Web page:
Low-substrate regulated microaerophilic behavior as a stress response of aquatic and soil bacteria
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Low-substrate regulated microaerophilic behavior (LSRMB) was observed in 10–54% of the bacteria isolated from several fresh-water lakes or ponds, subsurface soils, activated sludge, and Antarctic dry valley soils. Five Pseudomonas and two Bacillus type species showed LSRMB. A subsurface Pseudomonas jessenii strain was used as a model to show the metabolic interaction between substrate and oxygen concentrations, cell band movement, and the appearance of unique stress lipids and proteins. When the oxygen in the P. jessenii culture medium was increased from 11% to 100% saturation under atmospheric condition, the concentration of 17:0 cyclopropane fatty acid, a stress indicator, increased five-fold, and four unique proteins were also detected. This stress response occurred only in low-substrate media. It is our hypothesis that LSRMB is a common but under-appreciated trait of many aquatic and soil bacteria.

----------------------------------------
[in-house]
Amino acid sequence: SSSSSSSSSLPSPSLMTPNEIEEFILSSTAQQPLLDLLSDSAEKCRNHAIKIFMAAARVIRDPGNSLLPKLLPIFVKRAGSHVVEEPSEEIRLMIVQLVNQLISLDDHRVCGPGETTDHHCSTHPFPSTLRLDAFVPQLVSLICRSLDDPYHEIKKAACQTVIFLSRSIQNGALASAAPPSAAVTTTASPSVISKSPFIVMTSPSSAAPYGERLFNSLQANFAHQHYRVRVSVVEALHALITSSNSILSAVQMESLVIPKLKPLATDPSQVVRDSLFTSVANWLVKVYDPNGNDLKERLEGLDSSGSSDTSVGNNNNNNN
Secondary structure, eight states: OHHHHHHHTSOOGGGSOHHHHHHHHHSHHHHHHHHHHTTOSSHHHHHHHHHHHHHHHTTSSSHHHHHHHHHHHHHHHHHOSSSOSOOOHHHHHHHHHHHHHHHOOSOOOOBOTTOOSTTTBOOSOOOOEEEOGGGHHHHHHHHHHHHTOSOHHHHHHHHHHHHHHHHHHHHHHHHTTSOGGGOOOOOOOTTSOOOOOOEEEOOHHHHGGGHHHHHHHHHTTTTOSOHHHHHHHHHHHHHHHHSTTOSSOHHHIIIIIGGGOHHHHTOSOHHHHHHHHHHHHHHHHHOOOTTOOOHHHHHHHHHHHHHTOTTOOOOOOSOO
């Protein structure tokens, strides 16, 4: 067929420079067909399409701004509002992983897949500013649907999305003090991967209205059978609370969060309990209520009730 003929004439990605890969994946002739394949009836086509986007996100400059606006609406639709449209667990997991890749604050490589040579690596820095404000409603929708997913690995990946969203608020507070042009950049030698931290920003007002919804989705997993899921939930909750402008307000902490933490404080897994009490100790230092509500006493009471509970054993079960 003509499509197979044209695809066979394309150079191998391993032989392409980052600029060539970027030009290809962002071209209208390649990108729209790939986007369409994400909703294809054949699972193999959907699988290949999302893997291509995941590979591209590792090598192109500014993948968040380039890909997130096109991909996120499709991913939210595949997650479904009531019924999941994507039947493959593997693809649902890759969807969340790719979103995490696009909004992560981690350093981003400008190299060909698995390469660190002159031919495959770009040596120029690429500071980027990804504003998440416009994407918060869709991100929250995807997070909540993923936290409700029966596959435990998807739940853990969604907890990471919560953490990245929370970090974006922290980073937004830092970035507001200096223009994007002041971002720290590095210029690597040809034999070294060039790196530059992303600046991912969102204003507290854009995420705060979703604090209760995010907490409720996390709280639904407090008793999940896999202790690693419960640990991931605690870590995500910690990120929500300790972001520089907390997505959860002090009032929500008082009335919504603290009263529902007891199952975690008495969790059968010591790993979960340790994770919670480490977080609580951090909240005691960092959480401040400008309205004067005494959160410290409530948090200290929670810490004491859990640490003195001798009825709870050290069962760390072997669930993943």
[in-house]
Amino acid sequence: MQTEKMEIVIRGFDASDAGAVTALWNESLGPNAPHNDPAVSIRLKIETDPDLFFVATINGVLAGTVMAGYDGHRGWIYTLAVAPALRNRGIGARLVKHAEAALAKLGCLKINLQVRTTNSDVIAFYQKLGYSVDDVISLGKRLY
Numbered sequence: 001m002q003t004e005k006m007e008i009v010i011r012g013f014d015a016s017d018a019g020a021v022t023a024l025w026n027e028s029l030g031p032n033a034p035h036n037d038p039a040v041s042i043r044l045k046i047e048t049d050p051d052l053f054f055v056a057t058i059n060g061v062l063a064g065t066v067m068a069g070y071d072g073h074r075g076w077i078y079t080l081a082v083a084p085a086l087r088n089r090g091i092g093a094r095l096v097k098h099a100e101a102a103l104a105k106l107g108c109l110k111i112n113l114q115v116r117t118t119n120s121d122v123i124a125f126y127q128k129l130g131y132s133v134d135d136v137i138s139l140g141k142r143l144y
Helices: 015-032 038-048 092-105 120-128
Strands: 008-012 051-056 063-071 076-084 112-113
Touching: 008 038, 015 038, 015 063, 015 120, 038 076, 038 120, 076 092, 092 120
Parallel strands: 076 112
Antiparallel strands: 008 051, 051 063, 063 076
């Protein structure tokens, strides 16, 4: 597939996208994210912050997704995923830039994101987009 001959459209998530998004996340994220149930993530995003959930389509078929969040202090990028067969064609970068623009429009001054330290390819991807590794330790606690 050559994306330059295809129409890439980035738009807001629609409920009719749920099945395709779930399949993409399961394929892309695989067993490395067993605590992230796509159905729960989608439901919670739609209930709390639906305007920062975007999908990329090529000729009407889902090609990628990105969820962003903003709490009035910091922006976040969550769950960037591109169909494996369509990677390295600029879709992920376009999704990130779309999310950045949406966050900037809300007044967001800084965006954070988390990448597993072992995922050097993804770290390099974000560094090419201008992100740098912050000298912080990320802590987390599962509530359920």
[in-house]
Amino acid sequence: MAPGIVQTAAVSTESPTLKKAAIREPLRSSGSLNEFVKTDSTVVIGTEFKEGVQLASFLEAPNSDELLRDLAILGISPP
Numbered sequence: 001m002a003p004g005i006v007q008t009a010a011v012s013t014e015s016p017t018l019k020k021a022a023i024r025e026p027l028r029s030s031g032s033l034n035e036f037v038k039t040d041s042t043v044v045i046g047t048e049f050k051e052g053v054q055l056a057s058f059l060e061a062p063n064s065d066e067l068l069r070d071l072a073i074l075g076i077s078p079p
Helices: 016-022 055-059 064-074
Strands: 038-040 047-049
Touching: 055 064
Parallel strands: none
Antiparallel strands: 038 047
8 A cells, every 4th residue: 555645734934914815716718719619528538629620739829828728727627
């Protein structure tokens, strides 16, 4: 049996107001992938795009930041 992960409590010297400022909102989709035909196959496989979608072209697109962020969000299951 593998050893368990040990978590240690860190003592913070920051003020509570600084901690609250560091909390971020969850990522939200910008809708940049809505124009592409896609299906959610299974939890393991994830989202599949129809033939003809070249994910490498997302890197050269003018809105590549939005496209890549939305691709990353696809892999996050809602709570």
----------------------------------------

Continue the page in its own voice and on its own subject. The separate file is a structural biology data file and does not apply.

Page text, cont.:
Mazumder, R., Pinkart, H. C., Alban, P. S., Phelps, T. J., & Benoit, R. E. (2000). Low-Substrate Regulated Microaerophilic Behavior as a Stress Response of Aquatic and Soil Bacteria. Current Microbiology, 41(2), 79–83. https://doi.org/10.1007/s002840010097
© Springer-Verlag New York Inc. 2000